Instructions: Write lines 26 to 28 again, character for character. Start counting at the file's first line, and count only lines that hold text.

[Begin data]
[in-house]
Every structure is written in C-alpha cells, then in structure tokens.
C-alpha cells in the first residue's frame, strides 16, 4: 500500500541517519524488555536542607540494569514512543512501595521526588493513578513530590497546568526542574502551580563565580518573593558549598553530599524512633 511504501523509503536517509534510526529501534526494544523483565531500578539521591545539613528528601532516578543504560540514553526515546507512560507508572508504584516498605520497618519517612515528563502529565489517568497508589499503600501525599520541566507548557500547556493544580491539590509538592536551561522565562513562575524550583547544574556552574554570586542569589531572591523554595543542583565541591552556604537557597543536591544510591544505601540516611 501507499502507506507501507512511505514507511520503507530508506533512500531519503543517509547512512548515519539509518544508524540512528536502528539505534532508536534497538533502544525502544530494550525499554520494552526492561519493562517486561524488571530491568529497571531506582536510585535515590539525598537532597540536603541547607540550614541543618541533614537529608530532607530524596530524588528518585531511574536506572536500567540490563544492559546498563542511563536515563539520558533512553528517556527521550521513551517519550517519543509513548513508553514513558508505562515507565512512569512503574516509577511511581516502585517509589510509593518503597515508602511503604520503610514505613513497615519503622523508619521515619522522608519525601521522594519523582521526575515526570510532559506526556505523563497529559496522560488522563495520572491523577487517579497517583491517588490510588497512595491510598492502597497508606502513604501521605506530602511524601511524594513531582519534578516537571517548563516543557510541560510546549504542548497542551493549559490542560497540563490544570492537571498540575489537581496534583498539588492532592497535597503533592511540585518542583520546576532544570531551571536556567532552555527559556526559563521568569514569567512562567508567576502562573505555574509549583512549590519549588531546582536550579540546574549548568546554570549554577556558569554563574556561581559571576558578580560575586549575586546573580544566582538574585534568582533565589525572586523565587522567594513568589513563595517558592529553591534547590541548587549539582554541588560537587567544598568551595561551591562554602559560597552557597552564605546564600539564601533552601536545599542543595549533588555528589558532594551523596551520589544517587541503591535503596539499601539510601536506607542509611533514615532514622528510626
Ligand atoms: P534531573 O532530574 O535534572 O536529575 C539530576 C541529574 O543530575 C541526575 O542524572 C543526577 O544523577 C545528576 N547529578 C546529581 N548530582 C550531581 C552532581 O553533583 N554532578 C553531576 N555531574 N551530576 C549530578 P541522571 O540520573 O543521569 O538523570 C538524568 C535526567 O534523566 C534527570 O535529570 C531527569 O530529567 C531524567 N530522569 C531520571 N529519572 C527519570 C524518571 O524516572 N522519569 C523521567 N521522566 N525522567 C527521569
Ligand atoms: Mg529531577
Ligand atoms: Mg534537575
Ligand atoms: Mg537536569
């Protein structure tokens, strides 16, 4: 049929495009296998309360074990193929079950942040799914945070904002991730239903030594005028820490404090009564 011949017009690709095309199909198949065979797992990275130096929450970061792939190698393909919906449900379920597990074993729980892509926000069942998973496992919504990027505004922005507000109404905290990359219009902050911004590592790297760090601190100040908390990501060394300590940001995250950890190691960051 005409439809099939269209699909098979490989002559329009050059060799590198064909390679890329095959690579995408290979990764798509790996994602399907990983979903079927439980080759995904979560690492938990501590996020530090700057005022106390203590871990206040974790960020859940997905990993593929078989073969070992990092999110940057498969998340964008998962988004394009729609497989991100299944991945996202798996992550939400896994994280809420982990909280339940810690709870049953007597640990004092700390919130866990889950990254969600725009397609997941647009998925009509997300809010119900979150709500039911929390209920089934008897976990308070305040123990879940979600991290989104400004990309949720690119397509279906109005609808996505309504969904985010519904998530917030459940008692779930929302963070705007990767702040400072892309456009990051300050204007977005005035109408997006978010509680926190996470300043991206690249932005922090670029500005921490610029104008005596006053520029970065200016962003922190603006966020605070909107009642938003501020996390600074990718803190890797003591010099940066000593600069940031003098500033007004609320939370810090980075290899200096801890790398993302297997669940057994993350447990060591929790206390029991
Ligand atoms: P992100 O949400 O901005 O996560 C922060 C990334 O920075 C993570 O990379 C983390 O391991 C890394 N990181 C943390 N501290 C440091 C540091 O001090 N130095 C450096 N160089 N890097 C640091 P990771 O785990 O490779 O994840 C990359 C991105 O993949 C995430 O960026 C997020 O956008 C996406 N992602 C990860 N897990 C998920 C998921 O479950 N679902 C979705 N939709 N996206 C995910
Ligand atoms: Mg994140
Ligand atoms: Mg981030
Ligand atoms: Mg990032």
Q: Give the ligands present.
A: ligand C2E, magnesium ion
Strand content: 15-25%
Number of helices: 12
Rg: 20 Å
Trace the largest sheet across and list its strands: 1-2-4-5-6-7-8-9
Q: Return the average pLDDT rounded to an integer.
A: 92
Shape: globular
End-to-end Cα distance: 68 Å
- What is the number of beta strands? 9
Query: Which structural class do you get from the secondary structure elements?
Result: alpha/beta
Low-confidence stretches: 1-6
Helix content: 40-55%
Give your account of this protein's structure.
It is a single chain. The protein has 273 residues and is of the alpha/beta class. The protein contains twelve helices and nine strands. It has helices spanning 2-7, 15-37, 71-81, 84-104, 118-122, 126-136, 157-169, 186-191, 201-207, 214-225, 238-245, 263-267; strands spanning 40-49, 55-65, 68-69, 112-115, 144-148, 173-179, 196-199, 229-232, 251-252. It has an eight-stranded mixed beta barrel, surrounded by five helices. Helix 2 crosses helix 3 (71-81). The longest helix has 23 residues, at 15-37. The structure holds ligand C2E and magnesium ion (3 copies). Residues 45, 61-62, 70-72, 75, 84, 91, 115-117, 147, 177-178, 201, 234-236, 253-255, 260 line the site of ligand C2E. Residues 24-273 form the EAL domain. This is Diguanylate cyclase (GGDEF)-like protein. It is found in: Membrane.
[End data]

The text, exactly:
Low-confidence stretches: 1-6
Helix content: 40-55%
Give your account of this protein's structure.